Repairing or Soldering Copper Pipe
REPAIRING COPPER PIPE
Burst or damaged sections of copper pipe are best cut out and replaced with new (but see Trade Tip below). A frost damaged pipe is likely to have expanded well beyond the actual burst, making it difficult to fit new joints, so don’t be tempted to skimp on materials — cut out at least 300mm (12").
Where the pipe is rigidly fixed between two points it may be difficult to insert a new section with conventional couplings. There are two ways to overcome this problem.
♦ Use special slip couplings. These have no internal stops, allowing them to be slipped on to the old pipe ends and then slid back again over the joint once the new section is in position. Slip couplings are available in both compression and pre-soldered form.
♦ Fit a flexible connector, which can be bent by hand to fit the gap. Flexible connectors are available with compression, soldered or push-fit joints, and come in various lengths. You shouldn’t need to fit new pipe as well, but make sure you have the connector with you before cutting out the damaged section, and don’t forget to allow some overlap.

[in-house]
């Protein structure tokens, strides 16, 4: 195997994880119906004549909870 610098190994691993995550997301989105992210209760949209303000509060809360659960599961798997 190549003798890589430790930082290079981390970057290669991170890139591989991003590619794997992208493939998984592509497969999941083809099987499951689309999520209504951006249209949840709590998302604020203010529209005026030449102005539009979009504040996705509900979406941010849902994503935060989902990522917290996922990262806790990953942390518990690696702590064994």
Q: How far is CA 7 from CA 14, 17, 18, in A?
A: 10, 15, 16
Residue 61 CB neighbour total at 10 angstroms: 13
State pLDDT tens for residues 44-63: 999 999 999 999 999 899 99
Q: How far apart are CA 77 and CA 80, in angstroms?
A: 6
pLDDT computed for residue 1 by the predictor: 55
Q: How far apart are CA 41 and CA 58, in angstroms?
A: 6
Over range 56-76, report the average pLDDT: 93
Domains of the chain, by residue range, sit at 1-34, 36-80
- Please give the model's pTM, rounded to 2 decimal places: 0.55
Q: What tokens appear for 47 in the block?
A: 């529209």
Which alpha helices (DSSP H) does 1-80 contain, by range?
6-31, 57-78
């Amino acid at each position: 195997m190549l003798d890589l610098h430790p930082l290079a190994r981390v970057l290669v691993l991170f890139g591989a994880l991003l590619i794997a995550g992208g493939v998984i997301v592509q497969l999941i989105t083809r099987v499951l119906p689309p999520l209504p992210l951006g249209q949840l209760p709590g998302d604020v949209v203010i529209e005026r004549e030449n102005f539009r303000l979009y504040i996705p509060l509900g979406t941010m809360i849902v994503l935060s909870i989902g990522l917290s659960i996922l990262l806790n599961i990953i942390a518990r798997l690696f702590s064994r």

On balance, flexible connectors are more convenient than slip couplings but may not look as neat.
1. Cut out the damaged section of pipe with a junior.
File off any burrs and clean the pipe ends thoroughly, ready to receive the new couplings.
2. If using slip couplings, slide them over the pipe ends and mark their final positions in pencil. This helps when it comes to placing them over the joints.
3. Mark and cut the new section to fit the gap exactly. Prepare the ends and offer it up, then slide the couplings over it and make the joints.
Bend a flexible connector to fit the gap and make the joints. The corrugated type can’t withstand repeated bending, so take care to get it right first time.
Patching holes in copper pipes
"Providing you can drain the pipe, patch pin-prick holes in copper pipes with a blob of solder.
You can repair larger holes or accidental cuts in a similar way, by soldering on a patch made from a half-section of copper pipe bent to shape.
In both cases, make sure you clean and flux the mating surfaces before applying the solder or it won’t ‘take. Leave the joint to cool before testing."
Fill a small hole (above left) with a blob of solder. Polish the pipe with steel wool first, smear on some flux, then gently melt the solder over the hole.
For a larger hole, (above right) heat the fluxed pipe and melt on solder to cover the damaged area. Then position the fluxed patch, heat again, and feed in more solder.